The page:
“Most people try to make logical decisions in life and not emotional decisions, but the information and circumstances are changing so rapidly that what you said or thought on Saturday is no longer applicable the next day,” Browning said. “Hopefully it will be able to take place, that’s our intention right now, we’ll see, there will be some likely modifications slash restrictions, in place. It will look and feel a little different.”

To that end, Fasig-Tipton announced April 16 the addition of online bidding on all future live auctions. The platform will be available at Timonium in June.

“The addition of online bidding to our live auctions is a service we are pleased to offer,” said Browning via press release. “At no other time has this service been more crucial or needed. As we all work to conduct business in the current COVID-19 environment of adjusted social norms, online bidding ensures the best possible marketplace for our buyers and sellers in 2020. Looking beyond 2020, we envision this service being an integral component of all future auctions.”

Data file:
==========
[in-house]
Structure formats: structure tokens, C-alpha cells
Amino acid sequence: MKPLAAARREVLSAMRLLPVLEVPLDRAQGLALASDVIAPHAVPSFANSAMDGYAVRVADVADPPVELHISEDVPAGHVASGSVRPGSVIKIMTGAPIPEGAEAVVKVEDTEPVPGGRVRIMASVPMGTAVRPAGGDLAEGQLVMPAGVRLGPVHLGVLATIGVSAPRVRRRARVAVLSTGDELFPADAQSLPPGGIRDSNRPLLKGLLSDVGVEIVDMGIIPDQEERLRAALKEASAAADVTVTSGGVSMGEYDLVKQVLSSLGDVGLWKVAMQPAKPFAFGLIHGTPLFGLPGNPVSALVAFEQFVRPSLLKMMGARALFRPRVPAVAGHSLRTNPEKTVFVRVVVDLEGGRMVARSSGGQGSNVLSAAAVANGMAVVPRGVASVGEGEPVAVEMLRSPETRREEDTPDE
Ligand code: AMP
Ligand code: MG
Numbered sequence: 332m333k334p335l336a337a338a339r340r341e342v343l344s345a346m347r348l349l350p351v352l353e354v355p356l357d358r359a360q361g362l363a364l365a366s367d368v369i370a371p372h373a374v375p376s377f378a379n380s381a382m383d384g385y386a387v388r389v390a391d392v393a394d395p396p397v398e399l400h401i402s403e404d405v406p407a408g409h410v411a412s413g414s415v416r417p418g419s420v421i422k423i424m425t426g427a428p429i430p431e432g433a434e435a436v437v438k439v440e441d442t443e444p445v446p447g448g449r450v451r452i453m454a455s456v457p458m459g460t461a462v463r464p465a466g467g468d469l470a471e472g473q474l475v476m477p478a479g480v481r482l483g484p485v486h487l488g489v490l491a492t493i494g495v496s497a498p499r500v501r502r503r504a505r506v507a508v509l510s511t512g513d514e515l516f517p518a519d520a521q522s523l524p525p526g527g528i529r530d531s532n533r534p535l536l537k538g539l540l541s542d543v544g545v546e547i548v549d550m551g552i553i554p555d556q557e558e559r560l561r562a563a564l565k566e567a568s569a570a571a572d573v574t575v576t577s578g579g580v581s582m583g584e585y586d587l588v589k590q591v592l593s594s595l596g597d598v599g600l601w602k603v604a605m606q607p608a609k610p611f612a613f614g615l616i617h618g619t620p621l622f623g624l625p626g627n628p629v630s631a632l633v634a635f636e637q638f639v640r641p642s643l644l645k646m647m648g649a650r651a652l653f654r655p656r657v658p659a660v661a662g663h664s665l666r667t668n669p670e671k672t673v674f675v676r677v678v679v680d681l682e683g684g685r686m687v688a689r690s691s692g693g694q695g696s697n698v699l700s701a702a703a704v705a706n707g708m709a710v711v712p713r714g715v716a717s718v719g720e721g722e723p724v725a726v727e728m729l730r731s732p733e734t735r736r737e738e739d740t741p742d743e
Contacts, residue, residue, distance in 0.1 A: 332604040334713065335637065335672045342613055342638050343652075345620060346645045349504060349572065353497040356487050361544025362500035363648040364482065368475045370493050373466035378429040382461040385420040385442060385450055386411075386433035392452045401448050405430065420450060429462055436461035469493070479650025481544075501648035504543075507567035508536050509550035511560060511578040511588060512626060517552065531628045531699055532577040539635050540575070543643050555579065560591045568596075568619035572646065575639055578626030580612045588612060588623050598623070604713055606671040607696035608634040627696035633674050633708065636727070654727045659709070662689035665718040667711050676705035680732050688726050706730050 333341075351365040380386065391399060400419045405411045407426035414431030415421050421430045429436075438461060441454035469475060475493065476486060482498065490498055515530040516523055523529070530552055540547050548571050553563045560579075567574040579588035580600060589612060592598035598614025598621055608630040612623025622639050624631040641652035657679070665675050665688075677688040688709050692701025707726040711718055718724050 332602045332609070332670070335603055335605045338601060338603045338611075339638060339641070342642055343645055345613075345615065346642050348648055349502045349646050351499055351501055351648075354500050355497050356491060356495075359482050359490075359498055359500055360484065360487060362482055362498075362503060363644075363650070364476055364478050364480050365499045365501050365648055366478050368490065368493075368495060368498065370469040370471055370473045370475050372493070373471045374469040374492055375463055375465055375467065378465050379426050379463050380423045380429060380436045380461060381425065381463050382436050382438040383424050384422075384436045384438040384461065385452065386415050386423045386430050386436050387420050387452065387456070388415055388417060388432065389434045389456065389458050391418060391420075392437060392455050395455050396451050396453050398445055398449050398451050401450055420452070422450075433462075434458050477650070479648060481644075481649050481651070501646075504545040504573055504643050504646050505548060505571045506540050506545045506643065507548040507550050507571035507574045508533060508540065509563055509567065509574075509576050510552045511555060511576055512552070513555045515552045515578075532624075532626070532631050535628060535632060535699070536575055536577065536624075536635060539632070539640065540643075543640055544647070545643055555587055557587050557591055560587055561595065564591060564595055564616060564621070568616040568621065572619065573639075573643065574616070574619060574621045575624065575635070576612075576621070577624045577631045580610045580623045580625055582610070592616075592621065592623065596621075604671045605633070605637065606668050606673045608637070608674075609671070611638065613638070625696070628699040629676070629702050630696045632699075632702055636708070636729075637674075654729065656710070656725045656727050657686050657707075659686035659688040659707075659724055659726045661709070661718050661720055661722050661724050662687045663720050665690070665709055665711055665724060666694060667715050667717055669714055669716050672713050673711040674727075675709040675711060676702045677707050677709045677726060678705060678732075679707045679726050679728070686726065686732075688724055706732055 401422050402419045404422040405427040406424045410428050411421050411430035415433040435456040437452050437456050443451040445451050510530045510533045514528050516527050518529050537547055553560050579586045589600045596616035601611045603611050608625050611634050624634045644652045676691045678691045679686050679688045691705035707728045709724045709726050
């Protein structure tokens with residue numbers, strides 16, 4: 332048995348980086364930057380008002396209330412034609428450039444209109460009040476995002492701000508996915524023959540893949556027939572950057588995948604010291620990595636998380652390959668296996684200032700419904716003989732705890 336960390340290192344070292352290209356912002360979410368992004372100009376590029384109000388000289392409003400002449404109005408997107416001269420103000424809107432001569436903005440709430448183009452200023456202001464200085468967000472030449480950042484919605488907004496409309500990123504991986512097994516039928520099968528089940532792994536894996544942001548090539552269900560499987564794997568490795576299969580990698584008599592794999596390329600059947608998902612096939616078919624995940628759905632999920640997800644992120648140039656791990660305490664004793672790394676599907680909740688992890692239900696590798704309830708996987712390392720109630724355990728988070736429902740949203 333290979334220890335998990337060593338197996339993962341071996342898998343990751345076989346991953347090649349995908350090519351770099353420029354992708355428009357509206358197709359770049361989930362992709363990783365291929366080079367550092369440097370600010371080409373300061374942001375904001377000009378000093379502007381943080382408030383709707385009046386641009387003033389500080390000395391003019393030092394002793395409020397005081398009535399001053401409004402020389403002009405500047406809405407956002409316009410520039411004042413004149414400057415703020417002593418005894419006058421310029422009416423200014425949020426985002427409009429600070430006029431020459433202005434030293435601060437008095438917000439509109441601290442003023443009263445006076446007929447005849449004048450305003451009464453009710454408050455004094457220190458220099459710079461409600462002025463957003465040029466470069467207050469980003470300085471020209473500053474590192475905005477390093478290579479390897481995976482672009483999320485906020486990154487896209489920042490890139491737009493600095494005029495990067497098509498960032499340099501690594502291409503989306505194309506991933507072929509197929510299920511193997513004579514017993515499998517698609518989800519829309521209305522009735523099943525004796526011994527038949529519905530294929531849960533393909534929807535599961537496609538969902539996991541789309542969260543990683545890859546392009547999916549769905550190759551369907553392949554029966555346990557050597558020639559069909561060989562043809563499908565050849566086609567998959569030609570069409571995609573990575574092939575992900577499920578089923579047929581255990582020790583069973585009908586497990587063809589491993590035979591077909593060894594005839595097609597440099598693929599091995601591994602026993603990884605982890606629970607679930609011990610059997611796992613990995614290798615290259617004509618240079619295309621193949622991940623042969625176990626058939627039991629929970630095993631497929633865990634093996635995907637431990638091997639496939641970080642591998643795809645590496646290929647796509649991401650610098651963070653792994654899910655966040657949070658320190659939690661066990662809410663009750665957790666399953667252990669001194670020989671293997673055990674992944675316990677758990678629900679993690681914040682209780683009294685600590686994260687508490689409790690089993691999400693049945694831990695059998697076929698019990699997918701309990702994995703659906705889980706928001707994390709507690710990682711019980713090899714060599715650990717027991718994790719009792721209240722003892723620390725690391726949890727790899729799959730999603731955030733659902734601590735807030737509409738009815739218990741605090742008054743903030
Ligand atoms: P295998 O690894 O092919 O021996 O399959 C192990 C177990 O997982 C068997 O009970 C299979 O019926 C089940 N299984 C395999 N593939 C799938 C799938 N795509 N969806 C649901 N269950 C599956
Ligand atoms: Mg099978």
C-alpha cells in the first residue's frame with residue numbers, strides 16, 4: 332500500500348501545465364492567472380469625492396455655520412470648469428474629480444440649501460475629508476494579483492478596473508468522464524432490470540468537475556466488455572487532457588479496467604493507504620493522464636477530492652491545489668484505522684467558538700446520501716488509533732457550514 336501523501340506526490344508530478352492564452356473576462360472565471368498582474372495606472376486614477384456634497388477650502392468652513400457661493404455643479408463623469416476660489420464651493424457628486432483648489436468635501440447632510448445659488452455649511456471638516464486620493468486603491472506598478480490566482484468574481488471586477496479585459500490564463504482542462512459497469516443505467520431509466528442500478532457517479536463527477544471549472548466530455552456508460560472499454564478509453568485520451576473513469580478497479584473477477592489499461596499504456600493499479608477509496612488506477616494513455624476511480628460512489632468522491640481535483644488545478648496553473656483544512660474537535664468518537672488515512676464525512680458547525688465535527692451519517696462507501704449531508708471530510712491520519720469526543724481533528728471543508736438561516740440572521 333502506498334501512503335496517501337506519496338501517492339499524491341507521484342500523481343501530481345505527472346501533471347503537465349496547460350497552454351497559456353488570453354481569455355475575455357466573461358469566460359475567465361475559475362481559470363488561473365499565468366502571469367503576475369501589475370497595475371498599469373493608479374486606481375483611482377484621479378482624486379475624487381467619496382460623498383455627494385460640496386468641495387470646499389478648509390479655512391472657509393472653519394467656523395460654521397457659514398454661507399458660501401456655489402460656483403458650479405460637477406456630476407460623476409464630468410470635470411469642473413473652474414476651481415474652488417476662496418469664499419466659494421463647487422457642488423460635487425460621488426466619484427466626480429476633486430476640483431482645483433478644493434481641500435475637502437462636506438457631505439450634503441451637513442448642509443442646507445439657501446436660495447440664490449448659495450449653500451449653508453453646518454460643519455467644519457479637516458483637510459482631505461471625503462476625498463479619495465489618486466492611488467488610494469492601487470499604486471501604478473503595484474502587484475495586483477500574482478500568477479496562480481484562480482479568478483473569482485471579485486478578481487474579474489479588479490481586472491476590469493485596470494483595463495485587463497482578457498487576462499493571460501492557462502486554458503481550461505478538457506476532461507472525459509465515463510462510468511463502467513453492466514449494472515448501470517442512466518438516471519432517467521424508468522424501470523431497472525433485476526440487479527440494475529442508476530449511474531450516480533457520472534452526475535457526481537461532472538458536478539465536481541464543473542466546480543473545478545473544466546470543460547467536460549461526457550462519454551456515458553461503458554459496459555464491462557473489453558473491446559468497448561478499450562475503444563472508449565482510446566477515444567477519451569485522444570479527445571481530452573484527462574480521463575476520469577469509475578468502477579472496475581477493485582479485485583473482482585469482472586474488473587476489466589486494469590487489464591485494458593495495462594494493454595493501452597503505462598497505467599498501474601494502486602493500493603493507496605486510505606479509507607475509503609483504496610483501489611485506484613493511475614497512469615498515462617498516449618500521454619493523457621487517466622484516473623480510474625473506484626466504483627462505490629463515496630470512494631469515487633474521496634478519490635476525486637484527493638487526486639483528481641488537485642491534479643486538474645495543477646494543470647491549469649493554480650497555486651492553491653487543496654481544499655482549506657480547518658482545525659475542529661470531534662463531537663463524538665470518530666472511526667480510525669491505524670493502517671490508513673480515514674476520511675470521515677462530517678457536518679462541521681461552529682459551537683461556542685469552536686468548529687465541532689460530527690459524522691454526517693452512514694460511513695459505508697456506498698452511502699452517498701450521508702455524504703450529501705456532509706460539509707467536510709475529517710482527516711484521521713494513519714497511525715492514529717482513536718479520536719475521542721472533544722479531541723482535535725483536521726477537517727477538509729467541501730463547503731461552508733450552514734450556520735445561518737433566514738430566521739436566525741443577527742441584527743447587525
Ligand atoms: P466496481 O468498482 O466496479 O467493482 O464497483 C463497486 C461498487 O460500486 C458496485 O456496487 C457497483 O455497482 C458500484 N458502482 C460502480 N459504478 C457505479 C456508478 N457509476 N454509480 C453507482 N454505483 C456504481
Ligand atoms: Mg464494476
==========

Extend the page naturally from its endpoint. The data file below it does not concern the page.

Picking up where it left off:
The company will also further expand its long-established phone bidding program for the remainder of 2020. The service allows prospective buyers – who are not on site at an auction – to bid on horses through a member of Fasig-Tipton’s staff.

In addition, Fasig-Tipton planned the launch of a timed, online only auction platform at a future date, when appropriate. The platform will complement the company’s live auction lineup, offering buyers and sellers additional transaction opportunities that fall outside of the traditional live auction calendar.